• Eligibility requirements include many options one of which the CCA credential PLUS 1 year of coding experience
    • 97 multiple choice questions, 8 medical scenarios
    • Exam time is 4 hours 
    • Cost: $299 for members, $399 for non members
    • Every two years you will be required to submit 20 CEUs plus additional fees
       
  • Certified Medical Billing Specialist (CMBS) from the Medical Association of Billers (MAB) 
    • 100 multiple choice questions 
    • Cost: $199, Also requires membership to MAB, varies from $75 to $115 
    • Requires 12 continuing education units (CEUs) per calendar year

​The exams all generally cover the same material including:

  • Medical terminology
  • Anatomy and physiology
  • Medical coding
  • Medicare and private insurance claim processing guidelines
  • Handling denials and appeals
  • Maintaining regulatory compliance and avoiding accusations of fraud or abuse

Although there is no state or Federal requirement of a medical billing professional to become certified to practice medical billing, benefits may include networking opportunities, training and education resources, recognition of industry knowledge and access to jobs. 

If becoming a medical billing and coder is not for you, but you still want a career in health - explore other medical assisting careers.

 

Sponsored Medical Billing and Coding Programs

 

Ultimate Medical Academy
A.S. Health Sciences - Medical Administrative Assistant
As a UMA student in this online program, you’ll learn how to keep the healthcare system moving forward. That includes learning how to greet patients and get them checked in, schedule appointments, assist with patient insurance claims, perform medical coding and more.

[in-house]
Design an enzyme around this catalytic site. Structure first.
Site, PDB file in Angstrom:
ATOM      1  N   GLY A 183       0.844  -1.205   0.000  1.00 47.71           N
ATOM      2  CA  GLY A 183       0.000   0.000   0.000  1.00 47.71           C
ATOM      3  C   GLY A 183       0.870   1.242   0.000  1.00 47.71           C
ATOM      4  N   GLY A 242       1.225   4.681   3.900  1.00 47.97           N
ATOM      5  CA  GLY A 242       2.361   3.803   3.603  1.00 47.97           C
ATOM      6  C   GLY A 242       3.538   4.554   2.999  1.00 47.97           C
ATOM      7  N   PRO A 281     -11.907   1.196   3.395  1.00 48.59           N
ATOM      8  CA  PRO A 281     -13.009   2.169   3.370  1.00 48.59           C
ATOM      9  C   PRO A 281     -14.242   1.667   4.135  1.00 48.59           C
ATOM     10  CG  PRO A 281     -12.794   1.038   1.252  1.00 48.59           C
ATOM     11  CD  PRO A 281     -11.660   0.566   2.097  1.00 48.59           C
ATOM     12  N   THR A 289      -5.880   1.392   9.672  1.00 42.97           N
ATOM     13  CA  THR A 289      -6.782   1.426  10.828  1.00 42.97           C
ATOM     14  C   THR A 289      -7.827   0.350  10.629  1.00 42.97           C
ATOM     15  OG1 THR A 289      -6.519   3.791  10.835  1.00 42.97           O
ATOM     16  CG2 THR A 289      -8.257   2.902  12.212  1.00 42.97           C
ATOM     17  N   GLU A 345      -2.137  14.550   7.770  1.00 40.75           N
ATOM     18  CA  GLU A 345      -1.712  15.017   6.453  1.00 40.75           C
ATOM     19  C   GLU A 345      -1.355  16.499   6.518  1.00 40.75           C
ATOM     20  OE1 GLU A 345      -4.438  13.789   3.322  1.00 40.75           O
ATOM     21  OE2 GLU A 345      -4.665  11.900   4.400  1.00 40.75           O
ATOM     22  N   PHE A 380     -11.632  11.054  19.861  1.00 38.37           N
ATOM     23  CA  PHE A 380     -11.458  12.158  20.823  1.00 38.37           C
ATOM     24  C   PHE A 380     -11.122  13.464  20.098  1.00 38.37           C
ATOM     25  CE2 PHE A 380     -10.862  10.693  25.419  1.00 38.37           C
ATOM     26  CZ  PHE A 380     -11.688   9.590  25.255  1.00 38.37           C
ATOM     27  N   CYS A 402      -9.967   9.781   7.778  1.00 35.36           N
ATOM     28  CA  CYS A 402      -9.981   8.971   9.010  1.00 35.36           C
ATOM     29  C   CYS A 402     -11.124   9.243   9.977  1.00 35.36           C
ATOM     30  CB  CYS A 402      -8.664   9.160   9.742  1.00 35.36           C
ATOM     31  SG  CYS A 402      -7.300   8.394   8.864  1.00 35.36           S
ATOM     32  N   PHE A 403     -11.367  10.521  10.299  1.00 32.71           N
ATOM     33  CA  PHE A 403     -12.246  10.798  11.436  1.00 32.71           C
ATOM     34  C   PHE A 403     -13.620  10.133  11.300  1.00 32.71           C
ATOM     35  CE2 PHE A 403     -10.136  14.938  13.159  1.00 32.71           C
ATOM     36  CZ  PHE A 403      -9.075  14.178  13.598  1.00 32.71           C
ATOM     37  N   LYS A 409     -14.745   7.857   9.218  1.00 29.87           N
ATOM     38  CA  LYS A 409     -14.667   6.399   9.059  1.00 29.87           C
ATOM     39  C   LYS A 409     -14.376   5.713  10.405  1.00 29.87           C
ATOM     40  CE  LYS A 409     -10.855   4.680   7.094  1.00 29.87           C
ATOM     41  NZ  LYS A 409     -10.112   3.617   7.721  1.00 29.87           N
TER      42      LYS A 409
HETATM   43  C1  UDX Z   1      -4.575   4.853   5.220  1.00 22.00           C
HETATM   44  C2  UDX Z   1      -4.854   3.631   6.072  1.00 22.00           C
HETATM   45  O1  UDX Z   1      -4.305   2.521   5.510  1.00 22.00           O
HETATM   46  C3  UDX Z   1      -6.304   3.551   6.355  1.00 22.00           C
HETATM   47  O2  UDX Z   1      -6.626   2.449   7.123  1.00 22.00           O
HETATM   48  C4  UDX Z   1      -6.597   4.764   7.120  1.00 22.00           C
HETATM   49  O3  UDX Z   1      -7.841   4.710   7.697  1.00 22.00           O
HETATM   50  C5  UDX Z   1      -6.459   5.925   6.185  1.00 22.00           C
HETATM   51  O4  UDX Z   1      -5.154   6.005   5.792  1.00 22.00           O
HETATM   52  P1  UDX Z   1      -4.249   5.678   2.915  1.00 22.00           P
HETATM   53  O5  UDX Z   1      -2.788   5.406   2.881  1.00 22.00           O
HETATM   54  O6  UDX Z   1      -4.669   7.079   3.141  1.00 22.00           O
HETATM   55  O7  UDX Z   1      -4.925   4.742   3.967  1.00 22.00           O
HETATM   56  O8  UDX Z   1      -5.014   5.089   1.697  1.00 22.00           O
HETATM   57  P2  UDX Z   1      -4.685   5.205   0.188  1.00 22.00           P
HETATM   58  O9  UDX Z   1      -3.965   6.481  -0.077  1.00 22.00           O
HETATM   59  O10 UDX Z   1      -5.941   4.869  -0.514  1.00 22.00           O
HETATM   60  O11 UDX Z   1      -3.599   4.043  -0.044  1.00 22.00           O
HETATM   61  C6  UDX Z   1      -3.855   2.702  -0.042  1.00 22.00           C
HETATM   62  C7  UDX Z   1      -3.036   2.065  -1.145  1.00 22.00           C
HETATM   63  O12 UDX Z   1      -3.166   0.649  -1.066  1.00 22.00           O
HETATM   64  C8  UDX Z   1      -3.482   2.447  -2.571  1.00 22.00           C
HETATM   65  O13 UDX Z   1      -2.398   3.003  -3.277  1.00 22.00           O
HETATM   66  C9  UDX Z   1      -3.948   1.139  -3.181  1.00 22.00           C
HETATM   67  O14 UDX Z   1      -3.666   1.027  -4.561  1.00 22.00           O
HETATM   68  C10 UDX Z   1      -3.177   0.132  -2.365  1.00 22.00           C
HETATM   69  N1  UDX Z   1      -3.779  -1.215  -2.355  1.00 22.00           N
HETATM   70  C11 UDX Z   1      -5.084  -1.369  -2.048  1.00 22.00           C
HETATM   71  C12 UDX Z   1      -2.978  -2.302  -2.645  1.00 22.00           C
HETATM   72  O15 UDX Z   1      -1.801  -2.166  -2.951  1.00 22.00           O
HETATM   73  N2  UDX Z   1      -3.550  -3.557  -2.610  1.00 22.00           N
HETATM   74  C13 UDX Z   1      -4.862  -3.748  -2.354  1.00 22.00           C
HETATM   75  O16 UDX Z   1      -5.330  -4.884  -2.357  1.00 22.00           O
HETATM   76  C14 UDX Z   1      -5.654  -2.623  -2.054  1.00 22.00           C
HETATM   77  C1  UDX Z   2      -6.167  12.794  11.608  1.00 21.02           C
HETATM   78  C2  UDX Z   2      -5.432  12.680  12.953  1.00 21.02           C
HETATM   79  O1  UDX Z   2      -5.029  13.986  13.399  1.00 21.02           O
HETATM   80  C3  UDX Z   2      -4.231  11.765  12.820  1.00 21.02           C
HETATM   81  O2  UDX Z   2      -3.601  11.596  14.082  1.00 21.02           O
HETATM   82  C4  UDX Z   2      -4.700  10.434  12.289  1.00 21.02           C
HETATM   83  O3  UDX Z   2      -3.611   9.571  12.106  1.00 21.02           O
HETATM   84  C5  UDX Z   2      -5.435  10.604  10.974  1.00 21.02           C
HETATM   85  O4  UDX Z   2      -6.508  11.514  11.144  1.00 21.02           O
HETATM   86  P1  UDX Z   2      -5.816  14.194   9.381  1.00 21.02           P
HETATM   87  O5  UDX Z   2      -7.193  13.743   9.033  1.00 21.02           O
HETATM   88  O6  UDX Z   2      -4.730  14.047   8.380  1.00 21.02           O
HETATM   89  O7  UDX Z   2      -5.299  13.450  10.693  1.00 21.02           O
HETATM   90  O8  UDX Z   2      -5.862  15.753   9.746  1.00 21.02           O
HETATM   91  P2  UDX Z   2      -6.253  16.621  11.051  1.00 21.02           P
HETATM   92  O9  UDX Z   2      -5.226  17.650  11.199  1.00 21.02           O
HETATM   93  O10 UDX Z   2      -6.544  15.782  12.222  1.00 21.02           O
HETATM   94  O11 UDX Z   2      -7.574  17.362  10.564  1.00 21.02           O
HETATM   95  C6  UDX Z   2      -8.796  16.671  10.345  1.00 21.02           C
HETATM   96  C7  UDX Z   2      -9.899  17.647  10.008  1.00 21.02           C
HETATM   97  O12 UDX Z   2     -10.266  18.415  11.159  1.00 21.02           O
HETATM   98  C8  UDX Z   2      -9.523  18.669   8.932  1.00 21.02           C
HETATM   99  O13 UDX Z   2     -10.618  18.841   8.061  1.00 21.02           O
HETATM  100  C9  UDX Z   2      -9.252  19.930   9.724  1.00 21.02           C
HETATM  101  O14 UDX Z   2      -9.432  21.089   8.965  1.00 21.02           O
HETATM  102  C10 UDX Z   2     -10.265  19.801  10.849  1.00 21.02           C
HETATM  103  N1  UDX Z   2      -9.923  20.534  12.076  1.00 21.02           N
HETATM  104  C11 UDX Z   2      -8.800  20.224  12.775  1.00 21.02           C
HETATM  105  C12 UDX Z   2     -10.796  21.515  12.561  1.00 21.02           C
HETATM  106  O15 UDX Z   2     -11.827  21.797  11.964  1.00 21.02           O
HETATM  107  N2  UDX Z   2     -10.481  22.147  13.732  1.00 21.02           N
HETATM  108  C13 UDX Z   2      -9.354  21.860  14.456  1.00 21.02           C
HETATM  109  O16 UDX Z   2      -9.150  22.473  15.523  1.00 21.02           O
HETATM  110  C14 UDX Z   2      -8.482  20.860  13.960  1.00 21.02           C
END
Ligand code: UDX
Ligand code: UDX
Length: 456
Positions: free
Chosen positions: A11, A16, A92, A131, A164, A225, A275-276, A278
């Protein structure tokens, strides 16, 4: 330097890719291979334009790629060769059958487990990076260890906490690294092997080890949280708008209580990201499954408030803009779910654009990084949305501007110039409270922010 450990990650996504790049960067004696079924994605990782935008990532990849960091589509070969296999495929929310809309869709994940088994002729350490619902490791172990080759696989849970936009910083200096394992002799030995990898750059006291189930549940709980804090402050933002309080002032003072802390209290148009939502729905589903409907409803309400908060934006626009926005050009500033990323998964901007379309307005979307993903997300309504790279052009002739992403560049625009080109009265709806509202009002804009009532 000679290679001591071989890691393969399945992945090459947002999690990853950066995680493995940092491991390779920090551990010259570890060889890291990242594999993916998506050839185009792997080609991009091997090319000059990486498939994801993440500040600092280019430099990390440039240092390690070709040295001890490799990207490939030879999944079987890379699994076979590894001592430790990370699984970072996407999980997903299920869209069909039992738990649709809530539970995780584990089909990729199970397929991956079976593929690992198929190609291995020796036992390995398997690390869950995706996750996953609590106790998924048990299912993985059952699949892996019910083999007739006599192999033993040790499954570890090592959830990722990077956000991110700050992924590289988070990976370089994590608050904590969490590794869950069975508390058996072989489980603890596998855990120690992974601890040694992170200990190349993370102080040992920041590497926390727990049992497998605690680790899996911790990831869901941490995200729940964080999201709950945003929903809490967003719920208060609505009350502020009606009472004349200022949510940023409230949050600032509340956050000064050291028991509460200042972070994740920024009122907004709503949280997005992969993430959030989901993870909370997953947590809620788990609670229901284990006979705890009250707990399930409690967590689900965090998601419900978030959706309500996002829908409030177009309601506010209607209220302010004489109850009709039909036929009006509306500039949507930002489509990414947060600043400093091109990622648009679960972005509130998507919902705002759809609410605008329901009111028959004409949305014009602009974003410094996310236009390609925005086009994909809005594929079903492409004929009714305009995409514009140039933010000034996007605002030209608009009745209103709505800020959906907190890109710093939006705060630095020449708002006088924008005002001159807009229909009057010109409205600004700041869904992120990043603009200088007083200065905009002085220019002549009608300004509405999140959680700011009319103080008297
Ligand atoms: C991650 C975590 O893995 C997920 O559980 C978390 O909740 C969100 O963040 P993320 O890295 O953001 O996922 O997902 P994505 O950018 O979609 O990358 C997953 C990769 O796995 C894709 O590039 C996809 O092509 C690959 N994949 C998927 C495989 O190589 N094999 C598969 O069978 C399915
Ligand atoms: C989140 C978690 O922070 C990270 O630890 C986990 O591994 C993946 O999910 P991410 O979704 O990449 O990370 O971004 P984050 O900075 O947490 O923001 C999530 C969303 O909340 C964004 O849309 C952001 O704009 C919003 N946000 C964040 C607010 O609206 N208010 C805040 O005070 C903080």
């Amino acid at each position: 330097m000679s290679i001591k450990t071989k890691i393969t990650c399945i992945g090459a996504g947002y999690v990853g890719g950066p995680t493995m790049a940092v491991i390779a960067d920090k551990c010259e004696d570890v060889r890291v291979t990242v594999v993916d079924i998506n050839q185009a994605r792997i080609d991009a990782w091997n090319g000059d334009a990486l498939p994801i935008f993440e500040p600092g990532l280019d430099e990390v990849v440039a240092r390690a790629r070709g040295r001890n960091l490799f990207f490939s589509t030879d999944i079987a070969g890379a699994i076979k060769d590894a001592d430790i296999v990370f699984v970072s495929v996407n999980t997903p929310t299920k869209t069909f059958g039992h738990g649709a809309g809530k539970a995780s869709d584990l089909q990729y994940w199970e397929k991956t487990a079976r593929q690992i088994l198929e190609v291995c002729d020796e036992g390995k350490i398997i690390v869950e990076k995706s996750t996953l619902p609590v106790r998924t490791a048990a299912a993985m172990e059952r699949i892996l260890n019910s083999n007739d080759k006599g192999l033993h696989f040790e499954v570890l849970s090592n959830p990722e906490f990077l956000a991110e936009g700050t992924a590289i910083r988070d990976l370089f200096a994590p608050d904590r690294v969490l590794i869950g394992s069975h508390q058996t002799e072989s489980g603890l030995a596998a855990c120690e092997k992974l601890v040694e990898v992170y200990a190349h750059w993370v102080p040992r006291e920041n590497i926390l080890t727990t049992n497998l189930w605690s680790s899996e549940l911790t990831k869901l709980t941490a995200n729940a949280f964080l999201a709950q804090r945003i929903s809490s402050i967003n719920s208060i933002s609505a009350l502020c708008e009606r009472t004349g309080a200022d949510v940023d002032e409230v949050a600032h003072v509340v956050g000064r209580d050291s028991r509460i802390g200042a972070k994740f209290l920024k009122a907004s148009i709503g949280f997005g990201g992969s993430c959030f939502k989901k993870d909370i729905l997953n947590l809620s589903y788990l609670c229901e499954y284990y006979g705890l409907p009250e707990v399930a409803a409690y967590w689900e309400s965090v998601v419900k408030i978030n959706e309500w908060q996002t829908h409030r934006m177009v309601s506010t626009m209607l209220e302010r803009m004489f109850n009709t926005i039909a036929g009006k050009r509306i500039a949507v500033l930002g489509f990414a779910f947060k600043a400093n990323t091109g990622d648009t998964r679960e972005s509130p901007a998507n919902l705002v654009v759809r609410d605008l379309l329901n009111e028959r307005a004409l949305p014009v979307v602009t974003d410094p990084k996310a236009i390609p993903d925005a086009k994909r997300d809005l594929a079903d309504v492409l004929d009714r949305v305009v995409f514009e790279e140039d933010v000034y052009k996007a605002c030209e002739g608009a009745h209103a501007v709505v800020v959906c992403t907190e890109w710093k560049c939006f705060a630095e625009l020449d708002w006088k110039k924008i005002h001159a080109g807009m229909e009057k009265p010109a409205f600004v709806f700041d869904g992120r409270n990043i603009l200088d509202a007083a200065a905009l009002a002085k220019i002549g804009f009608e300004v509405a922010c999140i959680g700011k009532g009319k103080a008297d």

PENN FOSTER
Medical Assistant Career Diploma
Offered through Penn Foster College, the self-paced Medical Assistant diploma program can help you prepare to take the next steps toward becoming a skilled medical assistant. Geared toward students who don’t want or need to earn an associate’s degree, the course will cover 41 lessons, as well as a 160-hour externship for hands-on experience.
Purdue University Global
Medical Office Administration Certificate
Purdue Global’s online medical office administration program is designed to equip you with the knowledge and technical skills necessary to pursue entry-level positions in this exciting field. Coursework focuses on areas including insurance processing and fundamental medical office administrative and clerical tasks.
Grantham University
Associate of Applied Science in Medical Admin Assistant
The Medical Administrative Assistant (AAS-MAA) associate program provides a solid foundation in basic medical office functions, teaching you the skills needed for providing administrative support to healthcare professionals. This program can also serve as a step toward a more advanced degree in healthcare. Upon completion of the program, students may sit for the Certified Medical Administrative Assistant (CMAA) exam, an entry-level medical assistance industry certification from the National Healthcareer Association (NHA).
Independence University
Associate of Applied Science in Medical Assisting
The Medical Assisting AOS degree program is designed to provide the students the knowledge and clinical skills for gaining entry-level employment in a medical facility in both administrative and clinical areas. Specific training is provided in preparing instruments and materials, vital signs, phlebotomy, medication preparation and administration, clinical documentation and assisting the physician with exams and procedures. Training in computer and administrative skills is also provided as they pertain to electronic health records and medical office procedures. The student will be able to function independently with administrative duties as well as clinical duties and computer functions of the office.